Tag Archives: LGBTIQ
Timothy Conigrave’s autobiographical story of his love for John Caleo has turned into one of the finest Australian films ever produced. In fact, I should strike the Australian from that sentence, as it’s really one of the finest films ever produced in the world, but having seen it, I’m rather more proud to be an Australian than I was yesterday, so it’s staying.
Adapted for the stage (and subsequently the screen) by Queanbeyan playwright Tommy Murphy, Holding the Man follows the story of Tim and John from when they meet in high school and Tim pursues John. The story follows their love through homophobia, infidelity (of sorts), moderate success and finally AIDS. The characters are portrayed skilfully by Ryan Corr as Tim, and Craig Stott as John. Despite a strange, forced accent from Corr (he insists on pronouncing every T as if he were dining with the queen and it annoyed me throughout), their performances are truly impeccable.
The film matters in a sociological sense because it is set against the backdrop of the changing Australia of the late seventies through early nineties, which was when the bulk of social attitudes about the rainbow community shifted. And yet, despite the significance of these political shifts, this story is firmly grounded in the experience of the two men at the heart of this tragedy. And therein lies its greatest strength.
If you really hate spoilers, you might want to stop reading now, but really, the ending is clear from the very opening moments of the film, anyway. It is rare, I think, that this tactic works, but this is certainly one of the circumstances in which it serves well for keeping the story on track and focused. One of the benefits of knowing that John dies is that as the film delves into some very dark places the audience doesn’t question whether he will pull through. And because we know he is going to die, we are able to concentrate on the way in which the characters deal with their circumstances. It really is very strategic storytelling, and shows a master of the art was at work.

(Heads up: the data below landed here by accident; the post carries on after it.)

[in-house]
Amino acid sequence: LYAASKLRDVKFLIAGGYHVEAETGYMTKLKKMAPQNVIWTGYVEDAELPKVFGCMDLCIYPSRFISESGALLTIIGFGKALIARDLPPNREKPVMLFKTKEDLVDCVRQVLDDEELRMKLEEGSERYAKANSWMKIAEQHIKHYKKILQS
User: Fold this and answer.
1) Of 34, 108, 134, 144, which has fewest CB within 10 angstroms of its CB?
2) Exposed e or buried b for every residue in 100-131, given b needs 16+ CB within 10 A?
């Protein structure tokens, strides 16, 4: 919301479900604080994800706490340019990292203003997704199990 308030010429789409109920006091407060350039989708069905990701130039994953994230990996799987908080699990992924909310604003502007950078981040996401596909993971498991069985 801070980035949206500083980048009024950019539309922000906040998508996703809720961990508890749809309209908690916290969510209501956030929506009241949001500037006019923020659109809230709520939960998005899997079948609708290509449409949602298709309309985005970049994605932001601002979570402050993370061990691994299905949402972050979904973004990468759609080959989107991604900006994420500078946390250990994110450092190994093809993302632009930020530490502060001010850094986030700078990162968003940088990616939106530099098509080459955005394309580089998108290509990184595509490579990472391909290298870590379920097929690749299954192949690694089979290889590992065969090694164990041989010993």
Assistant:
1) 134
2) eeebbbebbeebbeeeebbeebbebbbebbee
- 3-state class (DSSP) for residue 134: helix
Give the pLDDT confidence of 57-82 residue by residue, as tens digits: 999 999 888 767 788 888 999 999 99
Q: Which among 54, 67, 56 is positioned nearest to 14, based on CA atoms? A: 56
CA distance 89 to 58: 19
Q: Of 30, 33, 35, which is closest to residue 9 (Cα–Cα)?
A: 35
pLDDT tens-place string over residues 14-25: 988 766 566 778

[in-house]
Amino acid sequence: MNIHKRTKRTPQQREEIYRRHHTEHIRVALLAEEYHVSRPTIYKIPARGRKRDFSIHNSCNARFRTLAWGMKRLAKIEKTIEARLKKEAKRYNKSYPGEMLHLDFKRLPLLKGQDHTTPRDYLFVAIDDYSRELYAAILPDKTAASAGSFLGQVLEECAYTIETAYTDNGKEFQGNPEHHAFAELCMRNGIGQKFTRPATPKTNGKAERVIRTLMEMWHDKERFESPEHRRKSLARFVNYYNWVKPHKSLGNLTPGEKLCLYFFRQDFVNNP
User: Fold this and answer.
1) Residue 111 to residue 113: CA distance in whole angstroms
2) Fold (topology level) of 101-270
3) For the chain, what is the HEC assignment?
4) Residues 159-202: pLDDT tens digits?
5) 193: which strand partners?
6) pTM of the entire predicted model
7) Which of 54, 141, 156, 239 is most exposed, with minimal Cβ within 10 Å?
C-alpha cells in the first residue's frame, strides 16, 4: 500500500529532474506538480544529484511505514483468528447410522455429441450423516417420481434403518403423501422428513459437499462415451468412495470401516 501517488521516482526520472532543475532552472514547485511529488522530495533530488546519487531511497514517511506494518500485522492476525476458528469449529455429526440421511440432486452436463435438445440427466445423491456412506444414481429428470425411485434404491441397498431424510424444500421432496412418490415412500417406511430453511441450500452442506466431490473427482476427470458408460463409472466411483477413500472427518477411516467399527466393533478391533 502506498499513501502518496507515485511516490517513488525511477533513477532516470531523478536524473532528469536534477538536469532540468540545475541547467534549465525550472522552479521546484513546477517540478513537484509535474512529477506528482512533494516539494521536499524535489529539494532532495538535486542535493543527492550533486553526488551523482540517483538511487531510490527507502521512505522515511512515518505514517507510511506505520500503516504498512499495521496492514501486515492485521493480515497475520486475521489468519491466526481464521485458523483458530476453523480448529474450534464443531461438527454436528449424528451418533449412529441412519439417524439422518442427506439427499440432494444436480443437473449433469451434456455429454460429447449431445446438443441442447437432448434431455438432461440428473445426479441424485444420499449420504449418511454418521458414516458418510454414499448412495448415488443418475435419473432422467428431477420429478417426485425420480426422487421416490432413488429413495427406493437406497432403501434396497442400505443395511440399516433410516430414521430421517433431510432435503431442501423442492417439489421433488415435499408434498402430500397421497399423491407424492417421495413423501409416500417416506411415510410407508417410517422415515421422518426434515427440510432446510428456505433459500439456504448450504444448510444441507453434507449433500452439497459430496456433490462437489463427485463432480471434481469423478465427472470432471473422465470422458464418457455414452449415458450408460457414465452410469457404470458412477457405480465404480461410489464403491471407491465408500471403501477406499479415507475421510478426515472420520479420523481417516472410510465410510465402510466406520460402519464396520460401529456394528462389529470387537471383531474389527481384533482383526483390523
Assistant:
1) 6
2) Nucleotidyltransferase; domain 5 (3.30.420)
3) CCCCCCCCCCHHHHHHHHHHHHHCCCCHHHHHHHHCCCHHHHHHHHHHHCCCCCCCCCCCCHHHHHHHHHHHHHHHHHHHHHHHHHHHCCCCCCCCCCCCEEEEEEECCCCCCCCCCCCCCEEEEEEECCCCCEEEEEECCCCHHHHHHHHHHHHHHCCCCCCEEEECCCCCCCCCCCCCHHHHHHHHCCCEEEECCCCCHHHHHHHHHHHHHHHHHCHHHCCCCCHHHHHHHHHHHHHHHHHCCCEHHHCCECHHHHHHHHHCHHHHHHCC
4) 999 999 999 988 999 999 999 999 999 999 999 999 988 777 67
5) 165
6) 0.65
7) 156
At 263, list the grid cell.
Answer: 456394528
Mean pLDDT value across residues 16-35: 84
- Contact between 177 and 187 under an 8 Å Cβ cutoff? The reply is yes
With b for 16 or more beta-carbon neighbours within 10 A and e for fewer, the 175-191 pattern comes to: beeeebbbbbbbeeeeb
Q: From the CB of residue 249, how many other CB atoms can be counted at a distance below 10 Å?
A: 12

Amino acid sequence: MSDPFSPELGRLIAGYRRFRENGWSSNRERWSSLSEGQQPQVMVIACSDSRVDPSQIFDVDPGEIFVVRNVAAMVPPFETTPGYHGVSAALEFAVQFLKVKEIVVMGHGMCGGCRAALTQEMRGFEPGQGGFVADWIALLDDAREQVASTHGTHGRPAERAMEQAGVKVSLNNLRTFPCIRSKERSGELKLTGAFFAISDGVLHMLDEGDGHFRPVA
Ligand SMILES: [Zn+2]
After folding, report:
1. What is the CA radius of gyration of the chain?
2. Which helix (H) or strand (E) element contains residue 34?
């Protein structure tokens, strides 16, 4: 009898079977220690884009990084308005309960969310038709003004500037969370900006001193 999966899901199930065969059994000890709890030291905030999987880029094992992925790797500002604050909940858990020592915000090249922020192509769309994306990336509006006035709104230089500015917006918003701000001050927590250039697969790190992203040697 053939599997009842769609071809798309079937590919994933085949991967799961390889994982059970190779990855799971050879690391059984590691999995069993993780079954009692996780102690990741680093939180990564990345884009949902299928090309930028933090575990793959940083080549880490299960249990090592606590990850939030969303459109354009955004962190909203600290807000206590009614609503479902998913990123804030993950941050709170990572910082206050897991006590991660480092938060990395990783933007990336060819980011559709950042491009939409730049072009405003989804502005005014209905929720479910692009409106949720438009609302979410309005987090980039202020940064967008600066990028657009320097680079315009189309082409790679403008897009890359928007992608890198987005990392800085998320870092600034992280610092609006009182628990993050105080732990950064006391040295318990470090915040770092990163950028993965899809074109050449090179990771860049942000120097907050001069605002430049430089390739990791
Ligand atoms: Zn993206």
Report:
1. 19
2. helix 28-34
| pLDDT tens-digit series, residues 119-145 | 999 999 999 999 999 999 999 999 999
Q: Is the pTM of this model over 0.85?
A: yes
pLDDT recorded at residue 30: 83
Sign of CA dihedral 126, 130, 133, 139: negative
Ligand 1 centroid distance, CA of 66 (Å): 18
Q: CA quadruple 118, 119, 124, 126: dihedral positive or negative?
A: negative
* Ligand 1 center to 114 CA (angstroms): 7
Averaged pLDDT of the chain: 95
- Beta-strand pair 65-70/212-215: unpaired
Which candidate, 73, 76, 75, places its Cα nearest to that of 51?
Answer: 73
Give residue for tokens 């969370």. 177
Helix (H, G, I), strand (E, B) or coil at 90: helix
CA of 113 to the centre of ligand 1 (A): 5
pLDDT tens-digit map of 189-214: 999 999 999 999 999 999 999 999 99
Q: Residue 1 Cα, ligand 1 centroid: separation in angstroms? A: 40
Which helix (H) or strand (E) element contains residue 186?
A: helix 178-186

Despite the darkness of this story, this film is, at its heart, a celebration of love. It truly demonstrates a spectacular skill on the part of Tommy Murphy, to delve into such dark plotlines with such pathos and not lose sight of the heart of the story, which was the love between the two protagonists. Few writers can manage this with such dexterity.
I simply cannot recommend this film highly enough. Get it. Watch it. Share it.
Scandalous Boy is a brave piece of work with the ostensible objective of realigning western perspectives on homosexual love. It makes its point very clearly, and possibly succeeds as a polemic, but largely fails to deliver the pathos I yearn for from the stage.
It is principally the true story of the love between the emperor Hadrian, and Antinous, his Greek eromenos, but it is framed in a twenty-first century setting with the statue of Antinous coming to life in modern Australia to tell his story. He wants to assert for us that he is not the “shameless and scandalous boy” Christian historians have claimed he was, and assert the appropriateness of his choices and actions in a pre-Christian Roman Empire. He punctuates this by comparing modern and ancient attitudes to public nudity, but kindly dons a pair of sequined hotpants to relieve our discomfort.